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Haven't been ignoring the thread or the issue but the past two weeks have been rather overwhelming, although I did squeeze in as much as I could. I read the links you posted... thank you... as well as several others, and my nephew was over today for the third time just so we could bang our heads together and come up with a solution.

The Audioholics 'Home Theater Speaker Layout-An Essential Guide' was an excellent starting point but I did run into one conflict. It said the directions were courtesy of Dolby Labs but when I went to their website I noticed they made no mention of positioning the surround speakers "2 feet or more above ear level". In fact Dolby says to place the surrounds "just above ear level to maximize ambience". However, conflicts like this have their advantages and for me it provided motivation.

What I found is the THX website says to "place the SL & SR speakers between 90° to 110° to each side and 2 feet or higher above the listener" which seems to be more the norm... although most sources recommend 2 feet, but many say at least 2 feet... or 2 feet or higher.

I've always leaned towards the Paradigm Signature ADP3 dipole speaker but they could make things easier as well depending on how high is too high. If I can wall mount these speakers near the ceiling... meaning there would only be a 4" gap between the ceiling and the top of the speaker... then I have another alternative. In my layout diagram the left speaker would be slightly back from the (1) position, pushing the side edge of that speaker flush with the entrance to the kitchen. The right speaker would be directly across from the left speaker... but I could make a bracket to move it out of that inside corner by 17" until the back of the speaker is flush with the outside corner.

The good parts are, it places both speakers directly across from each other, and approximately 95-100 degrees to each side of the listening position. The questionable parts are, their height would be approximately 3' 8" above the listening position (based on the center of the speaker), the tops of the speakers will be 4" from the ceiling, and the right speaker will be approximately 22" closer to the listening position than the left speaker. That last one bothers me the most but I'm thinking MCACC should adjust speaker distance to compensate.

Okay... enough for today. Let me know what you think. Thanks.
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post #8 of 9 Old 06-01-2013, 05:19 PM
 
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Yes, there's no need to worry about the different distances to the surrounds - your AVR's auto set-up routine will make the necessary delay and level trim adjustments. Being 4" to the ceiling does seem closer than the norm, but I'm not sure myself what the impact of that would be. The bass response would certainly improve with the reinforcement from the corner. Have you got any way of rigging up the ADP3's temporarily (when you get them)? This will allow you to slide them vertically up and down the wall to see if it makes much of a difference, and if so, what's your preference. If nothing else, your nephew could slide one around on the wall while you listen.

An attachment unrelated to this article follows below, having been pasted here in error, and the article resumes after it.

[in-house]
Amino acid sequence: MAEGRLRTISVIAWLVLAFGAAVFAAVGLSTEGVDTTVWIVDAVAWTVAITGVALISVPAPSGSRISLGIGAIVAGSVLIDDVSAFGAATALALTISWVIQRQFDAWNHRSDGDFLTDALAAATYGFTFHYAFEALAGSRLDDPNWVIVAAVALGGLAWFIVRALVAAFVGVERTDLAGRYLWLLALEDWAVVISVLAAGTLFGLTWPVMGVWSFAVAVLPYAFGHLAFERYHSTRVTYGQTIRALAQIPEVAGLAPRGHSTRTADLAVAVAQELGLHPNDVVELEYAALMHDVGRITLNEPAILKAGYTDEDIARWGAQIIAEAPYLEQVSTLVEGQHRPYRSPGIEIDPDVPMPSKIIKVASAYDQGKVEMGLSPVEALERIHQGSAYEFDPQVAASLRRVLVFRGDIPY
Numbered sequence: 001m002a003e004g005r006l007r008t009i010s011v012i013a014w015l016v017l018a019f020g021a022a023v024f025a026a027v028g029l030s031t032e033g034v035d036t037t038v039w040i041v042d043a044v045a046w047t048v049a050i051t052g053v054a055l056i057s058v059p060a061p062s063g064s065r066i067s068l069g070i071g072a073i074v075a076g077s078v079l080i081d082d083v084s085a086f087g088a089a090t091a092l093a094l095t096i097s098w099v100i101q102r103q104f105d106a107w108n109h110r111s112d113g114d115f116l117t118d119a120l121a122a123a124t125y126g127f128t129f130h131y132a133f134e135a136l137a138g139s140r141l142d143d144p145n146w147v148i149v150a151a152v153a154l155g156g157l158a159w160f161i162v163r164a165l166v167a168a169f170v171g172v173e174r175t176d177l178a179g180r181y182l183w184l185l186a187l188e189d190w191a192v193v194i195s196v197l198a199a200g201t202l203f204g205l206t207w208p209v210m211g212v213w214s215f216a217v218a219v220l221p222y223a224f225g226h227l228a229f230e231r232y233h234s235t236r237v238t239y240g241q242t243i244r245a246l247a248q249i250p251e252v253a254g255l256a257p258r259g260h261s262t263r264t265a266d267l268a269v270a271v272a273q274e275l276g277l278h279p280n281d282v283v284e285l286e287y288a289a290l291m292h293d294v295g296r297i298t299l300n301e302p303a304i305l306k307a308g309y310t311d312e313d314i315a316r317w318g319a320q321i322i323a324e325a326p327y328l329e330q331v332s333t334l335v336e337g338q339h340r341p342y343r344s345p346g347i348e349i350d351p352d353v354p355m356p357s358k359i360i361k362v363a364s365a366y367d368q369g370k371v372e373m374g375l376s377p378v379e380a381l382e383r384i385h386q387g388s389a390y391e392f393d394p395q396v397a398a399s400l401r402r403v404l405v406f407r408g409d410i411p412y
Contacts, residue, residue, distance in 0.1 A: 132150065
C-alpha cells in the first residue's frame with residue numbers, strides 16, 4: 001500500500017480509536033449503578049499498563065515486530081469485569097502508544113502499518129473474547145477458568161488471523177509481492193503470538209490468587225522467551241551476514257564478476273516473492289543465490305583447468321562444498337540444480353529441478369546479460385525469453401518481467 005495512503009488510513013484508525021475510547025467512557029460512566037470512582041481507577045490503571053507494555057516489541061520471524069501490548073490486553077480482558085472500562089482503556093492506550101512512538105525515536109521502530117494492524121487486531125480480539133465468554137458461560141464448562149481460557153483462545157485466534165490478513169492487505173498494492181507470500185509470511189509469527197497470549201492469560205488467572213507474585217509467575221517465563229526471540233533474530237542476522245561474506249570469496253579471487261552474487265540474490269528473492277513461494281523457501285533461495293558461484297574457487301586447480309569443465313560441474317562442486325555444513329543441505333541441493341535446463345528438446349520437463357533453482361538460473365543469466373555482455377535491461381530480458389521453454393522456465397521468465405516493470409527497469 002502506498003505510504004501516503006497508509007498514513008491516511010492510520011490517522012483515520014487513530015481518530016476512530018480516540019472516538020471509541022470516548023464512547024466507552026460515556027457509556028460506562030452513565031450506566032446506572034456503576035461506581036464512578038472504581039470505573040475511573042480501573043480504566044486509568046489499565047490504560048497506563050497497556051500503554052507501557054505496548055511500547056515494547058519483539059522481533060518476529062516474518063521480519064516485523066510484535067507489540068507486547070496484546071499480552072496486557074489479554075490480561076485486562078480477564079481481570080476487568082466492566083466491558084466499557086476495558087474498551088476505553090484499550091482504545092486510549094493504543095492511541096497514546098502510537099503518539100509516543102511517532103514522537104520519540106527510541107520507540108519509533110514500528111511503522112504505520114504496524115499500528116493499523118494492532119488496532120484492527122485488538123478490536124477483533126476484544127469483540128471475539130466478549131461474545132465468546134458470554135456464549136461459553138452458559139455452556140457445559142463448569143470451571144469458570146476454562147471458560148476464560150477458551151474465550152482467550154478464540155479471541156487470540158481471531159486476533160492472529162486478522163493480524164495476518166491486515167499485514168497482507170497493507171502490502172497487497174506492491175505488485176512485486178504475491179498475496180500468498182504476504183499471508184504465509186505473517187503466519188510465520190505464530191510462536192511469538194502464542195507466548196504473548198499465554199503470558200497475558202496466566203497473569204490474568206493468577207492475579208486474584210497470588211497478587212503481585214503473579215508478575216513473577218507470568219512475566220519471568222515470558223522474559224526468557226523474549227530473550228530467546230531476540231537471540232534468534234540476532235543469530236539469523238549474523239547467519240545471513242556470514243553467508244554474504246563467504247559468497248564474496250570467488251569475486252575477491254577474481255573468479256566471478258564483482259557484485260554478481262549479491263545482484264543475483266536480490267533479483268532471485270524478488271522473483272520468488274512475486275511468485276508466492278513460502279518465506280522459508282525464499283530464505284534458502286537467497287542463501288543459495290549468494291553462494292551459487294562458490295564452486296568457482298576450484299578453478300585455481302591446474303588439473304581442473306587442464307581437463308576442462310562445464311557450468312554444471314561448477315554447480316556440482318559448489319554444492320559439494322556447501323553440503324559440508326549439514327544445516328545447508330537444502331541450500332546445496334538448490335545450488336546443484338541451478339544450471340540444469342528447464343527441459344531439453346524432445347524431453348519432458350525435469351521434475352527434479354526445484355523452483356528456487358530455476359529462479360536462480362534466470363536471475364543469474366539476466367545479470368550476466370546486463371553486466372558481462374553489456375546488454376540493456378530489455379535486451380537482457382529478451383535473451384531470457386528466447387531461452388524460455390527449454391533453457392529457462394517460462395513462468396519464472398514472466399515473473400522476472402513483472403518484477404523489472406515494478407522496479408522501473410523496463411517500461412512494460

Apologies for the delay in reply - I hadn't checked in on this sub-forum for a while.
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post #9 of 9 Old 06-03-2013, 06:07 PM - Thread Starter
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I was thinking of placing them that high to minimize the chance of bumping into the left surround, and to keep the right surround from being too close to anyone sitting on that side of the couch, but your suggestion of trying them at different heights makes sense. I'm sure I can come up with a way to temporarily mount them at different heights for testing. I suspect they'll end up about midway between ear level and the ceiling, or about 2' above ear level. The right speaker won't be in the way so I'll just make a 90 degree bracket to hold it permanently in place. For the left speaker, I could either make a quick release bracket to remove it, or an adjustable bracket to slide it up near the ceiling. This way it will be out of the way when I'm not using the system. I've done a lot of fabricating over the years... mostly aluminum and stainless... so I'm sure I can come up with a bracket that will work and still look good. I'll start drawing while I watch TV tongue.gif

No apology needed... glad to have someone help me think this out. Sometimes I have trouble thinking outside the box, so even a few words can help. It may be a while before I get this done because this is going hand in hand with a number of remodeling tasks in the house, but it will get done. Don't hesitate to post here if you happen to think of anything else, no matter how minor... or you can PM me. Thanks for taking the time.